The noon posting – Gabriel Fauré, Requiem

Rack up the quality setting, crank the volume and lie on the sofa.
 

 
“It has been said that my Requiem does not express the fear of death and someone has called it a lullaby of death. But it is thus that I see death: as a happy deliverance, an aspiration towards happiness above, rather than as a painful experience. The music of Gounod has been criticized for its overinclination towards human tenderness. But his nature predisposed him to feel this way: religious emotion took this form inside him. Is it not necessary to accept the artist’s nature? As to my Requiem, perhaps I have also instinctively sought to escape from what is thought right and proper, after all the years of accompanying burial services on the organ! I know it all by heart. I wanted to write something different.”

 
Notes edited from here: Fauré began sketches for the Requiem in 1887. Unlike many composers, he was not drawn to compose a Requiem because of the death of a loved one. Rather than offer visions of the terrors to come, Fauré said that he saw death “as a happy deliverance, an aspiration towards the happiness of the hereafter, rather than as a painful passing away.” For this reason, Fauré’s setting is remarkably subdued, omits entirely the Sequenz segment, with its visions of wrath and hellfire, and adds the Pie Jesu and In Paradisum texts, which are not part of the Requiem proper but emphasise the granting of eternal rest.

By the time of the first performance, on January 16 1888, there were five movements: an Introit and Kyrie, the Sanctus, Pie Jesu, Agnus Dei, and In Paradisum. To perform the work, Fauré called for a mixed choir with divided tenors and basses, a soprano soloist, an orchestra of low strings (violas, cellos, and double basses), harp, timpani, and organ, with a violin solo in the Sanctus. He added an Offertoire in 1889, and added a setting of the Libera Me that he had written for baritone and organ some twelve years earlier. He added horns, trumpets, and trombones to the orchestra, and a baritone soloist, and this version was first performed at the Madeleine in January of 1893.

Fauré’s publisher wanted a larger-scale work, though, leading to a final revision premiered in July 1900 at the Trocadéro in Paris.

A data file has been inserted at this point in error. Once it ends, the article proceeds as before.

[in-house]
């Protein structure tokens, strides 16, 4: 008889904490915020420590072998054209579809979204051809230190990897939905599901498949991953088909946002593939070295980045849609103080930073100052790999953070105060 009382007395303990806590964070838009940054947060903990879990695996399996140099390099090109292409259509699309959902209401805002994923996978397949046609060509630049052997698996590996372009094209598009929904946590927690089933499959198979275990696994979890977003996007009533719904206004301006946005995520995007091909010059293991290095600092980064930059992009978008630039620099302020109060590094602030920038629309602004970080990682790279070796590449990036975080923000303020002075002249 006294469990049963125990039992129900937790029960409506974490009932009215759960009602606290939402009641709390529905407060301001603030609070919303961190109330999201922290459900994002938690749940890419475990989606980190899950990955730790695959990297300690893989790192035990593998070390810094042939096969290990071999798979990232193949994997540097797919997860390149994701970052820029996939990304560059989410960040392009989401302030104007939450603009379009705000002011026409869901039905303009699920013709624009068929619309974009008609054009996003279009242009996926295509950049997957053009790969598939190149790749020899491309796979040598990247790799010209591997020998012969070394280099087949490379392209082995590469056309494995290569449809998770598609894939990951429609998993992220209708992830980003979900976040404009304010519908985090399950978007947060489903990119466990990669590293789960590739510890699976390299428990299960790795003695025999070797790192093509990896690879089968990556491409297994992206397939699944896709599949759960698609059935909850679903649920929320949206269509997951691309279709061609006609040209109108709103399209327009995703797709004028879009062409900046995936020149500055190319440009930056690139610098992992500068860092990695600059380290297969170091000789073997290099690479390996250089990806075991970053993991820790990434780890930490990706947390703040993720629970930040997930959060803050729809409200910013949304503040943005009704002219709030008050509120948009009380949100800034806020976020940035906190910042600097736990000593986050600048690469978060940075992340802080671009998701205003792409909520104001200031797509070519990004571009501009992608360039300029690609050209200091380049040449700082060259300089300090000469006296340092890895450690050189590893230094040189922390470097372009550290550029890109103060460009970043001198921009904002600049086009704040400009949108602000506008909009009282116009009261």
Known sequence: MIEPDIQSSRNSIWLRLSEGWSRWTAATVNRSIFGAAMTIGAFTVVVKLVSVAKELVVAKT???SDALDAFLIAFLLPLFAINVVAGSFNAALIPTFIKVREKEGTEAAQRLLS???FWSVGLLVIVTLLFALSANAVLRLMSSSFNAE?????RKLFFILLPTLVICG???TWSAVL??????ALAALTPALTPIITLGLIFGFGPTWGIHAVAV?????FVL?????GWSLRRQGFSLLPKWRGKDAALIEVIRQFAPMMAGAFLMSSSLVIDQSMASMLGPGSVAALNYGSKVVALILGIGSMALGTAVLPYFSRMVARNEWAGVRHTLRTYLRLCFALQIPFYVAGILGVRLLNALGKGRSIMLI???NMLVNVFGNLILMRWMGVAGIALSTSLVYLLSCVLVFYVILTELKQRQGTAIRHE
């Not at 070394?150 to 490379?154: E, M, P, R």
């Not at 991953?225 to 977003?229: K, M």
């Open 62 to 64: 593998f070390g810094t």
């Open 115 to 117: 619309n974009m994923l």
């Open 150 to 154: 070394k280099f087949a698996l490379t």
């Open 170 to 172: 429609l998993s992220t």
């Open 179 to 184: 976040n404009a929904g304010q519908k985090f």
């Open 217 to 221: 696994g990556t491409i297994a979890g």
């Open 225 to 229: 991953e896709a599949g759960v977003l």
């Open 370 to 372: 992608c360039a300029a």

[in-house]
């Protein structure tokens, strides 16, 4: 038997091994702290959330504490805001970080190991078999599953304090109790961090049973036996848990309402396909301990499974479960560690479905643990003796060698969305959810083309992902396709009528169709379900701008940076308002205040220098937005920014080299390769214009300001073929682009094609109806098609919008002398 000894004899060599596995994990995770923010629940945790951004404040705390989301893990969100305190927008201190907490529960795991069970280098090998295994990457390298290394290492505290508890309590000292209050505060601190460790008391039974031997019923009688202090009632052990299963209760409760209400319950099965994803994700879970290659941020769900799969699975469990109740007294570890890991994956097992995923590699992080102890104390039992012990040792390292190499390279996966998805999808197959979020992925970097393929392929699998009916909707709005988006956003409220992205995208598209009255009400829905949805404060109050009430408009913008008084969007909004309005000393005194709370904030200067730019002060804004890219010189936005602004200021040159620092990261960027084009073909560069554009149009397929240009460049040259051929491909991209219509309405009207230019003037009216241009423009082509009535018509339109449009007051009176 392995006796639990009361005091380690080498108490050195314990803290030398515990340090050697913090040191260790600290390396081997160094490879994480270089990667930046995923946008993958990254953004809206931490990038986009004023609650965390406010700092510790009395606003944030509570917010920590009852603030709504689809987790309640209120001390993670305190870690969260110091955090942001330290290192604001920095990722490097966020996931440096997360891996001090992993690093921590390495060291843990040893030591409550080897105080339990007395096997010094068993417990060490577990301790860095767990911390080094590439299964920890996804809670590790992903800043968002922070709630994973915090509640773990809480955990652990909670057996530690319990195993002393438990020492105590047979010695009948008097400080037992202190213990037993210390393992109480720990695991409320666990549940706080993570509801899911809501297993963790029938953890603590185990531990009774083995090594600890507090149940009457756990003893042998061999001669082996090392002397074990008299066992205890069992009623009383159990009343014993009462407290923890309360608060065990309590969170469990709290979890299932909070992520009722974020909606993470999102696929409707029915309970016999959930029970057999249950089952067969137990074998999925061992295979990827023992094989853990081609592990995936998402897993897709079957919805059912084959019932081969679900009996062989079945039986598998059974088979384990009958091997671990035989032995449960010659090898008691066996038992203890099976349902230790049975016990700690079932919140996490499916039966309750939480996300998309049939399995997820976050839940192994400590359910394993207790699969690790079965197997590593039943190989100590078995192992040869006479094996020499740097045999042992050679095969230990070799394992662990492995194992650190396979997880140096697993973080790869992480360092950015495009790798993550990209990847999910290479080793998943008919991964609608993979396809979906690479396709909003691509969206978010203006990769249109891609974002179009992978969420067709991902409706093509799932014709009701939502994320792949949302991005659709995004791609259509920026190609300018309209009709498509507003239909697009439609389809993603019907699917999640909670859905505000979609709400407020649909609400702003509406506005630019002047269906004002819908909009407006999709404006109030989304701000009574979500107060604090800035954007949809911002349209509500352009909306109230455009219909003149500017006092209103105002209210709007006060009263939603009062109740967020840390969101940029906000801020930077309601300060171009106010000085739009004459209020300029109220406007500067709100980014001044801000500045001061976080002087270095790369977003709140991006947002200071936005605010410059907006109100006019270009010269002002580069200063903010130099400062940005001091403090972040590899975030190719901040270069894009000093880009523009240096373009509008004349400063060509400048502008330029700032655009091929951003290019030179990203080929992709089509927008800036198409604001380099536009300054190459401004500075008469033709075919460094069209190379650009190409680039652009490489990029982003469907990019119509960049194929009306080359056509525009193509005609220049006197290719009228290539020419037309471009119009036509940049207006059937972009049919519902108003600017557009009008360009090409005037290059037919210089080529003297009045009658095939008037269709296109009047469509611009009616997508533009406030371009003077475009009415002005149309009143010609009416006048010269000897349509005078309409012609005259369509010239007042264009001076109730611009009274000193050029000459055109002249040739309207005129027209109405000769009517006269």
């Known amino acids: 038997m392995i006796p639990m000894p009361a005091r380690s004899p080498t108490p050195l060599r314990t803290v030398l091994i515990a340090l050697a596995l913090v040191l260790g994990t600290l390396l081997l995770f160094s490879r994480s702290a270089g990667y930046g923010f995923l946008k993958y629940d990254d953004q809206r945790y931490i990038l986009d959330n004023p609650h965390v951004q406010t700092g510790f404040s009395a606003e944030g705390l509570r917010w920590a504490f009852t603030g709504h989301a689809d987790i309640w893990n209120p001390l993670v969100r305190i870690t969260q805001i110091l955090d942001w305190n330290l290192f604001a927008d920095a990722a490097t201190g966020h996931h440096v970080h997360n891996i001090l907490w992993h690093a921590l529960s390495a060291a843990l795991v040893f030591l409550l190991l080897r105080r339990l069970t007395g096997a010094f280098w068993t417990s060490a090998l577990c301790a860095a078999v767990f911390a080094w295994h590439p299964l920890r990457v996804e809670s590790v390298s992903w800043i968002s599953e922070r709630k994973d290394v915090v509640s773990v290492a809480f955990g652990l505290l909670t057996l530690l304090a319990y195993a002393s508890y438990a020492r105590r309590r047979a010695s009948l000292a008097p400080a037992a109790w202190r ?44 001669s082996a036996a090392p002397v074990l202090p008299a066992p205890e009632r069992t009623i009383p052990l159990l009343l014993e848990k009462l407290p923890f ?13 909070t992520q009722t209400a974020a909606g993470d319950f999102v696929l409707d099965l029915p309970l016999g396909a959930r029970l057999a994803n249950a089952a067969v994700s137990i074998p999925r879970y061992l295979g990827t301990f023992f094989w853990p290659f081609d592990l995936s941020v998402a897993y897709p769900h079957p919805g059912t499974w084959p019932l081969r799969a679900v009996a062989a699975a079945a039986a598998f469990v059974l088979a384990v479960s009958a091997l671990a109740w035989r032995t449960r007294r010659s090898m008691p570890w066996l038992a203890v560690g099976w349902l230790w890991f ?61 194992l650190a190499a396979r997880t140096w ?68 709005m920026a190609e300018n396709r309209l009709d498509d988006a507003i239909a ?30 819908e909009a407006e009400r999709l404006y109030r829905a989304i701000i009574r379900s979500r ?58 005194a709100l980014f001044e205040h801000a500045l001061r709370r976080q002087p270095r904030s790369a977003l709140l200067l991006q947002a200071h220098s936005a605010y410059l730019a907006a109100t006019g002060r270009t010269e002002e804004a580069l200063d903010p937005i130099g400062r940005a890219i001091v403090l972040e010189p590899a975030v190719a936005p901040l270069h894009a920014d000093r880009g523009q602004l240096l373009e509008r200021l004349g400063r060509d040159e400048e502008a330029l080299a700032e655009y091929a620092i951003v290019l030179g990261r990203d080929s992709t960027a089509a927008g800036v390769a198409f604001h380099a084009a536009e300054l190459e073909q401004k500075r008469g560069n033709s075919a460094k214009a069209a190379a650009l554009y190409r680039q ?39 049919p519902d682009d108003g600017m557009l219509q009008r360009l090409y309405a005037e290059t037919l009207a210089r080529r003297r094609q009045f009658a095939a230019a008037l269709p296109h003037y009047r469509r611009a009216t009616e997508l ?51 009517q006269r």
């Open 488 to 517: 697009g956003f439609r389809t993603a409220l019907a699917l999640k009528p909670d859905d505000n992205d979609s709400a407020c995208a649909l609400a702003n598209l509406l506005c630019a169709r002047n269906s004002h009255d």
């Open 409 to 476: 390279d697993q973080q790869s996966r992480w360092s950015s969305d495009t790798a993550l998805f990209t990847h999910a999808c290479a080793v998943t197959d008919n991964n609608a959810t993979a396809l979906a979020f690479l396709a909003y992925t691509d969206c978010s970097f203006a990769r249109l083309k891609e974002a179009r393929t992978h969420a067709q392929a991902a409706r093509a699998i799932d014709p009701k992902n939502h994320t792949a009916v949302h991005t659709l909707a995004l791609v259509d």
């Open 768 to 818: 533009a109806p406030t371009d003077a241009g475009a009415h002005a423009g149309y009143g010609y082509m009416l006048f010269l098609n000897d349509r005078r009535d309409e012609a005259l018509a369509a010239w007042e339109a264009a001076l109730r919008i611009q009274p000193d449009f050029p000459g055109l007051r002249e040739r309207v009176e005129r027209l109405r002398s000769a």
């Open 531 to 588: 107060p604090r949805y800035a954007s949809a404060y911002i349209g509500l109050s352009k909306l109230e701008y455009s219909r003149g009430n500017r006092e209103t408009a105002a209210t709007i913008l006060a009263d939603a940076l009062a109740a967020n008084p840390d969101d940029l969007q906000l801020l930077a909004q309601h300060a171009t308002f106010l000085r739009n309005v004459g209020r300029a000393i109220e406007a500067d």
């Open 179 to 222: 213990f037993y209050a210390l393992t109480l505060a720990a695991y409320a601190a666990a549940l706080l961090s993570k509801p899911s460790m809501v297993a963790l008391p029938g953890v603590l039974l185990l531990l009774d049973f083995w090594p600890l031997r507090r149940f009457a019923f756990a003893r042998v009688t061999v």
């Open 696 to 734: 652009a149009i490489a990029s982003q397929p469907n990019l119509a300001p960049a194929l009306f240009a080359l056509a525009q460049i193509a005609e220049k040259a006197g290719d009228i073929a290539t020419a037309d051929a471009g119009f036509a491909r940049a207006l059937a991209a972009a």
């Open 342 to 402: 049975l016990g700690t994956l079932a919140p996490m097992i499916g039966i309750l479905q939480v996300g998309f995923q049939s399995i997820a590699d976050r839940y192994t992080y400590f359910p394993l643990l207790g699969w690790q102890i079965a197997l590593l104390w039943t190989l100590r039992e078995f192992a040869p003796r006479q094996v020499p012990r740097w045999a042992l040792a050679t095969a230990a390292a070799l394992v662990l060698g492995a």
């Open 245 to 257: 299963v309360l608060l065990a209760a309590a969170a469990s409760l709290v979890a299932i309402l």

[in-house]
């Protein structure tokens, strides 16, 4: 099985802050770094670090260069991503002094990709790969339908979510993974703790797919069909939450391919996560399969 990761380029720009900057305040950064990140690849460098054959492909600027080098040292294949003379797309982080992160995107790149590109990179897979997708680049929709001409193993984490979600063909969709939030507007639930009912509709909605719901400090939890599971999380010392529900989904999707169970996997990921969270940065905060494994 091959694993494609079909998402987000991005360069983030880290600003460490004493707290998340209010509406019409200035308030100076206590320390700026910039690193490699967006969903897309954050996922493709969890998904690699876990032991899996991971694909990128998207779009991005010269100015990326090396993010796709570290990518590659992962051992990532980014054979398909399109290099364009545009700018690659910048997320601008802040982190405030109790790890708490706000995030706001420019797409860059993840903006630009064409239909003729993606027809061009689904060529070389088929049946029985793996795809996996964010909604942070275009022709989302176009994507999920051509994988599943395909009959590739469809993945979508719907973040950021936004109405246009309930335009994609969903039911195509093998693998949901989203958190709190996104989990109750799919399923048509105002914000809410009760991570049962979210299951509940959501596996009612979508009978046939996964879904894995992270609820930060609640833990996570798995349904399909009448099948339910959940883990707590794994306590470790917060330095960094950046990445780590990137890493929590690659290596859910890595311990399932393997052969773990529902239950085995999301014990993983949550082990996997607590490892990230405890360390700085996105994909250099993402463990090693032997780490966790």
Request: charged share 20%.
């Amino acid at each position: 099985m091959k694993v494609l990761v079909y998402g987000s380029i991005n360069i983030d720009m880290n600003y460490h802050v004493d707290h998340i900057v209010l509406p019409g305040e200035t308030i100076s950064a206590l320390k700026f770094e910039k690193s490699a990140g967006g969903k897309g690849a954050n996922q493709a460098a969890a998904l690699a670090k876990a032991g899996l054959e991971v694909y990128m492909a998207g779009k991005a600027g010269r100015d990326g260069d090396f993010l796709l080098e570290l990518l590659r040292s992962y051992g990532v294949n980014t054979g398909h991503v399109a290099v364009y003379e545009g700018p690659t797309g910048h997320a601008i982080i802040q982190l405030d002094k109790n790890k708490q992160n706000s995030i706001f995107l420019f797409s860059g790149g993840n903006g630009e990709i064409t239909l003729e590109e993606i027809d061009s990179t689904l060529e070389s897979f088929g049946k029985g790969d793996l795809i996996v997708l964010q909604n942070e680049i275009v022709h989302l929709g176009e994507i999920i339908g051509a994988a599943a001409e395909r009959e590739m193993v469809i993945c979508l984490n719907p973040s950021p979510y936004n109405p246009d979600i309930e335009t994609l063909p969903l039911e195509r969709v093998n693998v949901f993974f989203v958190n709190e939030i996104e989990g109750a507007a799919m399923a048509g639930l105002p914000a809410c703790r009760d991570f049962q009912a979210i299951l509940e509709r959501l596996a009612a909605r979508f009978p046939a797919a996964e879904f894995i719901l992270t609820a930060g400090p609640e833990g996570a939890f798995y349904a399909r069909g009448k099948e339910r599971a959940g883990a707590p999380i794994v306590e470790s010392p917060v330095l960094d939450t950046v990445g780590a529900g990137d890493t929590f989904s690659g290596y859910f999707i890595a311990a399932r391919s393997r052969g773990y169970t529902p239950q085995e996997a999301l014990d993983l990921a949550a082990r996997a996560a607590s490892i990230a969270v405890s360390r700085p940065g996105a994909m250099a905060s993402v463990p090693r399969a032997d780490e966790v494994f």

As a choirmaster and organist, Fauré constantly sought to create a new kind of church music. He wanted something different than the operatic bel canto style which was popular in Paris at the time, and different than the outsized, large-scale Germanic Romantic style which dominated the rest of Europe. Along the way, he helped to establish a distinctive French style which set the stage for the development of the Impressionist style of Debussy and Ravel.

For example, the composers of the day tended to write for progressively bigger and bigger orchestras, with thicker, more complicated textures, and phrases which stuck slavishly to the divisions of the bar line. Fauré, on the other hand, opted for smaller ensembles and spare orchestrations, omitting violins and winds in the Requiem, for instance, when he felt they were unnecessary.

Fauré also thought on a smaller, more intimate scale than many of his contemporaries. There are none of the larger-than-life, outsized statements of a Wagner or a Berlioz here; the entire Requiem has some 30 bars of fortissimo singing, and most of it doesn’t rise above mezzoforte. Instead, Fauré uses subtle gradations in dynamic, color, and harmony to achieve the effects that he wants. And in the Requiem, these gradations often follow the central points of emphasis in the text.

In some ways, though, Fauré’s style involves some paradox. One example is the curious relationship between freedom and control. In his piano music, his chamber compositions, his songs, and his vocal works, phrases emerge that are freed from the tyranny of the strong-weak-strong-weak four-beat bar line. For the Requiem, he draws melodic inspiration from the tunes and rhythms of Gregorian chant, which thought in similarly long phrases. But Fauré was quite explicit about how to go about achieving this freedom. He knew exactly what he wanted, and is scrupulously precise in his directions on rhythm, dynamics, and phrase length. As a result, even more than in other composers, it is essential in singing Fauré to pay strict attention to every marking in the text. Often, Fauré’s effects depend on very subtle shifts in dynamics or harmony, shifts that require meticulous attention to bring off successfully.

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